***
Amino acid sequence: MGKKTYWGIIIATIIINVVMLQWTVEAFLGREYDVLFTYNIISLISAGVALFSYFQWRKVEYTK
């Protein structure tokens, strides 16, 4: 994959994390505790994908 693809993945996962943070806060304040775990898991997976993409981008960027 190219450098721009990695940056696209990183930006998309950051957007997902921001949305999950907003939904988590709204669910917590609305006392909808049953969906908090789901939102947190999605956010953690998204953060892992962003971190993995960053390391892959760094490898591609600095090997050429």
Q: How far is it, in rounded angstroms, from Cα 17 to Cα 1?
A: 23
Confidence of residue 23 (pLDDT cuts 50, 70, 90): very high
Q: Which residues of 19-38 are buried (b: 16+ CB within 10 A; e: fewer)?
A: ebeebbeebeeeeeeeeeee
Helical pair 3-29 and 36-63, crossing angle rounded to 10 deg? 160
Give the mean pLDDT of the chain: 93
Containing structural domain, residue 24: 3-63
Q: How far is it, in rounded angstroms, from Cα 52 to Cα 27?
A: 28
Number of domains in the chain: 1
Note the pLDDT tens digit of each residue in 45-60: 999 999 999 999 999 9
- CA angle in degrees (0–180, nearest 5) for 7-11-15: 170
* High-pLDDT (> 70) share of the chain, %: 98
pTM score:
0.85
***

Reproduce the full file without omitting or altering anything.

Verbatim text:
Amino acid sequence: MGKKTYWGIIIATIIINVVMLQWTVEAFLGREYDVLFTYNIISLISAGVALFSYFQWRKVEYTK
């Protein structure tokens, strides 16, 4: 994959994390505790994908 693809993945996962943070806060304040775990898991997976993409981008960027 190219450098721009990695940056696209990183930006998309950051957007997902921001949305999950907003939904988590709204669910917590609305006392909808049953969906908090789901939102947190999605956010953690998204953060892992962003971190993995960053390391892959760094490898591609600095090997050429």
Q: How far is it, in rounded angstroms, from Cα 17 to Cα 1?
A: 23
Confidence of residue 23 (pLDDT cuts 50, 70, 90): very high
Q: Which residues of 19-38 are buried (b: 16+ CB within 10 A; e: fewer)?
A: ebeebbeebeeeeeeeeeee
Helical pair 3-29 and 36-63, crossing angle rounded to 10 deg? 160
Give the mean pLDDT of the chain: 93
Containing structural domain, residue 24: 3-63
Q: How far is it, in rounded angstroms, from Cα 52 to Cα 27?
A: 28
Number of domains in the chain: 1
Note the pLDDT tens digit of each residue in 45-60: 999 999 999 999 999 9
- CA angle in degrees (0–180, nearest 5) for 7-11-15: 170
* High-pLDDT (> 70) share of the chain, %: 98
pTM score:
0.85